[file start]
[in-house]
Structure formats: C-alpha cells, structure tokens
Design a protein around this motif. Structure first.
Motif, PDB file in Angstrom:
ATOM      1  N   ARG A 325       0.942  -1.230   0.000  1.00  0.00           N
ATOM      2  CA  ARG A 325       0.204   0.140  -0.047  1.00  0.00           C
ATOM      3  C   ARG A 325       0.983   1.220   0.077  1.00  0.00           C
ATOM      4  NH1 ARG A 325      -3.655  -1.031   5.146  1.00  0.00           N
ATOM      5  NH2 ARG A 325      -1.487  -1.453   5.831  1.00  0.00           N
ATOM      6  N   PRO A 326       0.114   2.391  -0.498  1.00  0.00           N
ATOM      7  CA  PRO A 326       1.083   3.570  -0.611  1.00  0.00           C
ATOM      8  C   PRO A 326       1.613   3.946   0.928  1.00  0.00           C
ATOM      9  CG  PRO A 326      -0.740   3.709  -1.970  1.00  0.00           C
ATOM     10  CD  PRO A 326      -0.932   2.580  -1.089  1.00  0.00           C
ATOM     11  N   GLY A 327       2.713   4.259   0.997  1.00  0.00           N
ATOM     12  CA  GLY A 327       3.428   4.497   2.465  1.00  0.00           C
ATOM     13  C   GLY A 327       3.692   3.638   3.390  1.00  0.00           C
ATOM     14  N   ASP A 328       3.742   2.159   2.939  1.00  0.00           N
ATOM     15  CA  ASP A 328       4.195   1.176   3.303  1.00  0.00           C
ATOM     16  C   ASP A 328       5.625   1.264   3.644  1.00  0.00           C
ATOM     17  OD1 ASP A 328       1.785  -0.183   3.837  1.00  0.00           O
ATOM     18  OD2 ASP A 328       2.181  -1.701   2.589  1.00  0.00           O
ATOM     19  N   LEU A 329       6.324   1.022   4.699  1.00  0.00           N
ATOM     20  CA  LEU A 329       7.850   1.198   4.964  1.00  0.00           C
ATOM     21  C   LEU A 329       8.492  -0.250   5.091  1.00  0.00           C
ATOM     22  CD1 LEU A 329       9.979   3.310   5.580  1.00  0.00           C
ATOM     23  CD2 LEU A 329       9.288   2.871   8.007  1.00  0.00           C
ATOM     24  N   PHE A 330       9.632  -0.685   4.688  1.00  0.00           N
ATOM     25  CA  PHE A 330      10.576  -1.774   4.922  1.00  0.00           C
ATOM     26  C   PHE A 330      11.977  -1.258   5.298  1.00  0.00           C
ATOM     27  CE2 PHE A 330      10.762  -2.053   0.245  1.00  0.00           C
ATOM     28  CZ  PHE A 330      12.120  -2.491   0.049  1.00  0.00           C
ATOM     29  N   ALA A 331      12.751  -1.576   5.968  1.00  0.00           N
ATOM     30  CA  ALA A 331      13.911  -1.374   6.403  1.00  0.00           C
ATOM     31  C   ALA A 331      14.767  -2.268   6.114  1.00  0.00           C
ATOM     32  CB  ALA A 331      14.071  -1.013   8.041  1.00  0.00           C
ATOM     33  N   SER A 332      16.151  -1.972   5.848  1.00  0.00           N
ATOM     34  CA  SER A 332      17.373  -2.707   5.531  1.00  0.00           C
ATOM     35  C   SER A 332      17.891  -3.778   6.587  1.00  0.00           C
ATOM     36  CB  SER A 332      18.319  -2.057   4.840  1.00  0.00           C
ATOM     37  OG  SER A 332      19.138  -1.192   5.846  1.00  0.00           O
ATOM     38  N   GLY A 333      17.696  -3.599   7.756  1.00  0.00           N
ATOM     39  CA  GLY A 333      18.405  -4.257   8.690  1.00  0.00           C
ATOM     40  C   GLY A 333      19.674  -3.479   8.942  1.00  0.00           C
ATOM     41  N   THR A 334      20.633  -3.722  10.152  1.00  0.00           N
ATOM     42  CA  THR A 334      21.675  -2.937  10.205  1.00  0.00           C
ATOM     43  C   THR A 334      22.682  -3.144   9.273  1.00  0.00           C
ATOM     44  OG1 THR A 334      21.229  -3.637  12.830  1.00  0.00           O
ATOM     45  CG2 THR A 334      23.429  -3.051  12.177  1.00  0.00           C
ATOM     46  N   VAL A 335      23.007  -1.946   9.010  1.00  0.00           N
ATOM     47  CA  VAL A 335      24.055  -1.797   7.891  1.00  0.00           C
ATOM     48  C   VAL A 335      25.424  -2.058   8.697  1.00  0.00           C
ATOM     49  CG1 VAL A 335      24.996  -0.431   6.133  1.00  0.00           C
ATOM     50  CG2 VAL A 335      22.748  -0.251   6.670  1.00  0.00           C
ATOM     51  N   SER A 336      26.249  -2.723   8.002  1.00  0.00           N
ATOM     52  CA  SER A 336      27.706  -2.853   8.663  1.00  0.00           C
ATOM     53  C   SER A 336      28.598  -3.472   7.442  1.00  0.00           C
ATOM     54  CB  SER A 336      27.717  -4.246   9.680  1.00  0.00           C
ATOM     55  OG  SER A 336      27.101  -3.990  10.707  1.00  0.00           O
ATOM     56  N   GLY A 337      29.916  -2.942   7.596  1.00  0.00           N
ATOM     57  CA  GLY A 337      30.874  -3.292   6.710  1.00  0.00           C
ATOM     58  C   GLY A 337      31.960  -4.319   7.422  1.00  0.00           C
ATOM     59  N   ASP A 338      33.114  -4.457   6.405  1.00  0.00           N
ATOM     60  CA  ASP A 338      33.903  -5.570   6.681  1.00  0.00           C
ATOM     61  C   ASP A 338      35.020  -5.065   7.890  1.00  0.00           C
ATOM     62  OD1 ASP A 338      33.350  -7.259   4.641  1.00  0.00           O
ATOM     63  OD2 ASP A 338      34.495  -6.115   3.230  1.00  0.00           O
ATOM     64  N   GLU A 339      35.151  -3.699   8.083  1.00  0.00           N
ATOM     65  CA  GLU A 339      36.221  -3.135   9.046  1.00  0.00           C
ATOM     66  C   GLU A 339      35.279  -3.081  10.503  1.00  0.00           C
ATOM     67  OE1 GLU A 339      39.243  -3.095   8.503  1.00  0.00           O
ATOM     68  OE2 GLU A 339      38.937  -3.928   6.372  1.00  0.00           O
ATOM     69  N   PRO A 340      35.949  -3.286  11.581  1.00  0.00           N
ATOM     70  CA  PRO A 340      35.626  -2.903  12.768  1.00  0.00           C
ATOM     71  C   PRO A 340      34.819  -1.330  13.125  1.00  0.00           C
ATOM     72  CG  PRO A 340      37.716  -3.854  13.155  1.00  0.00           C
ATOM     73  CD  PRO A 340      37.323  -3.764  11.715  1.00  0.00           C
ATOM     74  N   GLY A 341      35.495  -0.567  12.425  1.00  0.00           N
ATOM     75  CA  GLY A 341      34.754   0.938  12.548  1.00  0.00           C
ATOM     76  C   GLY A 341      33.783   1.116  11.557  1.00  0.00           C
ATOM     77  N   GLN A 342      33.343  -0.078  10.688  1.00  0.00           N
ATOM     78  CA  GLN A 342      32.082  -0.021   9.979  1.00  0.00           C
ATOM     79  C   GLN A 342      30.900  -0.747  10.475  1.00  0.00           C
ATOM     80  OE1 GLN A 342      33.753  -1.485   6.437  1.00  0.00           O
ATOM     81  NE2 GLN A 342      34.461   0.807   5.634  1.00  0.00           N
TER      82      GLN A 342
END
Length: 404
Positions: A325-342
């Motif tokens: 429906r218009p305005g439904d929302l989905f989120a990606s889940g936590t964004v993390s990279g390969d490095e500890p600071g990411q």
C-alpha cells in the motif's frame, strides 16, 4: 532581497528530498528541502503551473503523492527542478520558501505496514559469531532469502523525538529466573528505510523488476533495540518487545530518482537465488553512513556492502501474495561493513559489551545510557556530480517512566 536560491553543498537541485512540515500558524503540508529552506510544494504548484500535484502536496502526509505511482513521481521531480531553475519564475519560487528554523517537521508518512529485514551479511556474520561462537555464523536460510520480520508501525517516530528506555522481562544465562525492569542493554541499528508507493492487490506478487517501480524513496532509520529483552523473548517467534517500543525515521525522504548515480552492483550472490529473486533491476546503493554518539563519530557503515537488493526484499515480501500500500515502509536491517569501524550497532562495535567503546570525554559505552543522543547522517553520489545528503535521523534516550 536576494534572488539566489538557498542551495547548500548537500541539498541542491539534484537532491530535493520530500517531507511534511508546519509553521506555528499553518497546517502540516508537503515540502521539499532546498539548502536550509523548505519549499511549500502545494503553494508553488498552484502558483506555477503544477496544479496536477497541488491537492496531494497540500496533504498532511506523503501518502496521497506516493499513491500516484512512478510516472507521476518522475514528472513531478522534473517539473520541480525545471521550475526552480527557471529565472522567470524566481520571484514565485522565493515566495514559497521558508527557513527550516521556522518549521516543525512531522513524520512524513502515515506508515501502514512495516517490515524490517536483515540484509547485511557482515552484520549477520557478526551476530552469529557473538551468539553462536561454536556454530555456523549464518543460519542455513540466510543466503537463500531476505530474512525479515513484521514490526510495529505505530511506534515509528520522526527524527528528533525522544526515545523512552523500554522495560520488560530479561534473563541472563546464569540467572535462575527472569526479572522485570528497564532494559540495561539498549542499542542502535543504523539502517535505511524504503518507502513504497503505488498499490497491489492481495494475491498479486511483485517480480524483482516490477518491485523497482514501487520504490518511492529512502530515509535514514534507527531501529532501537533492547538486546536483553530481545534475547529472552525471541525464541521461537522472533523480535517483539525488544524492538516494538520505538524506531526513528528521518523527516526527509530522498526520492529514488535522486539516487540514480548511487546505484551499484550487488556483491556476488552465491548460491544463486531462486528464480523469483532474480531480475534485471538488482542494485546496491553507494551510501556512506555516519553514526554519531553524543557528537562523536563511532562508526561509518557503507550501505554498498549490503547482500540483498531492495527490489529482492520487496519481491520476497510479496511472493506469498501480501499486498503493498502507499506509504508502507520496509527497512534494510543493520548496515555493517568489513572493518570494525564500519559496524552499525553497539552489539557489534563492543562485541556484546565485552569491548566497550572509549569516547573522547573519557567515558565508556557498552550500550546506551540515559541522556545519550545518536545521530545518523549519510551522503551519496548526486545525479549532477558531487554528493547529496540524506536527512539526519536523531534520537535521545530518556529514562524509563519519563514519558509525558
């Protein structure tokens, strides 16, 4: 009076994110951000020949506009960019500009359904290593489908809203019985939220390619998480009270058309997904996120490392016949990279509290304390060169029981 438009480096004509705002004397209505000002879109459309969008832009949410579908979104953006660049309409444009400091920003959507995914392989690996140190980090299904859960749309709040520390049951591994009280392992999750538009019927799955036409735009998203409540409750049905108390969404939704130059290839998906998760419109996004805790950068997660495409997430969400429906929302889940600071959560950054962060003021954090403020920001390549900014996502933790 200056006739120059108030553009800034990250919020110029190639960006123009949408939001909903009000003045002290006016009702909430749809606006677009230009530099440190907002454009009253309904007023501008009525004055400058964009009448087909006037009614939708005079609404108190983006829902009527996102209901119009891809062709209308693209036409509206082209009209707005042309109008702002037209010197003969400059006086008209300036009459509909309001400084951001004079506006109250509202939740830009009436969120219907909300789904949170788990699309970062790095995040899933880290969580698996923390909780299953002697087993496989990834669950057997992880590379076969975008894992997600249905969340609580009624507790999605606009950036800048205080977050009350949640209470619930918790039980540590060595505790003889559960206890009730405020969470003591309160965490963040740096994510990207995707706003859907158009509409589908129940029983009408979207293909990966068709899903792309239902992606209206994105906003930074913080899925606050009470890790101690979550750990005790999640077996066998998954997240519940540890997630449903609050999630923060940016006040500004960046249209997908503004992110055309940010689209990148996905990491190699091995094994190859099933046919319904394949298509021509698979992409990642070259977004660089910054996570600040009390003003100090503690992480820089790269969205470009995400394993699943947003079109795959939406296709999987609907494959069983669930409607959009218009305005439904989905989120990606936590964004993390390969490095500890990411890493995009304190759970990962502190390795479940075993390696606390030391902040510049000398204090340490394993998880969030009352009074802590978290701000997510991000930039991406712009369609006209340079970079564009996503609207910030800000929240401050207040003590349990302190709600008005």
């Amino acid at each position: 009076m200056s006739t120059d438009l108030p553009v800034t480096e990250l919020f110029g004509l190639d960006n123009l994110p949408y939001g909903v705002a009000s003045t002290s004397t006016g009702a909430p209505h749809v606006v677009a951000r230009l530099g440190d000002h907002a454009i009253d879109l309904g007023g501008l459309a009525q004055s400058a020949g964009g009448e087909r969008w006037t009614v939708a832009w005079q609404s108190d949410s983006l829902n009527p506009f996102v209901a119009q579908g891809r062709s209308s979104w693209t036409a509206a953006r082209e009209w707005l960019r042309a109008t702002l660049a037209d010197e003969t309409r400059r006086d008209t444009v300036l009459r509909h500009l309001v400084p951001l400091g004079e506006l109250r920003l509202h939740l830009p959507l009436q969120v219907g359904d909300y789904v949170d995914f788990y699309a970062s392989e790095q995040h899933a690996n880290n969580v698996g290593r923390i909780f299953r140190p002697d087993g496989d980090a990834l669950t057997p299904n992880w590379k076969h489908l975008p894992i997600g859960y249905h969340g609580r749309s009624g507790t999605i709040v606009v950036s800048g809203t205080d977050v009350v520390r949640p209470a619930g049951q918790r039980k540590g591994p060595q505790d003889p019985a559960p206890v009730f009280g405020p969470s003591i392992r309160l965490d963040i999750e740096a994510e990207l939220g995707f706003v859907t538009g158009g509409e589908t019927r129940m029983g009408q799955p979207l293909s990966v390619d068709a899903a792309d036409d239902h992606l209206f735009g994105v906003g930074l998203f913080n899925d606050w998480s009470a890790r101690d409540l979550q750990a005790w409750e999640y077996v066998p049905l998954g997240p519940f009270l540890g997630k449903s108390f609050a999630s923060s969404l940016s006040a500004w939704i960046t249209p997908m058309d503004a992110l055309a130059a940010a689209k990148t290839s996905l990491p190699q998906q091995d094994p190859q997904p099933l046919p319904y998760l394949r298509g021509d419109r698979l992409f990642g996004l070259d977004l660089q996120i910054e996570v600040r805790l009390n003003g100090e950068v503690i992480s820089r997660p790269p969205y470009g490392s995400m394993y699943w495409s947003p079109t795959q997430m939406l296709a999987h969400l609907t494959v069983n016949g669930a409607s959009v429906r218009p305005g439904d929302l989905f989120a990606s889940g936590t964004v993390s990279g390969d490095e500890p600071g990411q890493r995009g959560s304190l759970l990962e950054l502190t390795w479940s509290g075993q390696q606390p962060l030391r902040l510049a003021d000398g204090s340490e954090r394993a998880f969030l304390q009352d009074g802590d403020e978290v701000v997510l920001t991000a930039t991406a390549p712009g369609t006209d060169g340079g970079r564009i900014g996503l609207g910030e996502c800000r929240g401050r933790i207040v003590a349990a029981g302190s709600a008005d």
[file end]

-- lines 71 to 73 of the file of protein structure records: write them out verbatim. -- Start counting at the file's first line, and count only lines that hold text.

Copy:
ATOM     67  OE1 GLU A 339      39.243  -3.095   8.503  1.00  0.00           O
ATOM     68  OE2 GLU A 339      38.937  -3.928   6.372  1.00  0.00           O
ATOM     69  N   PRO A 340      35.949  -3.286  11.581  1.00  0.00           N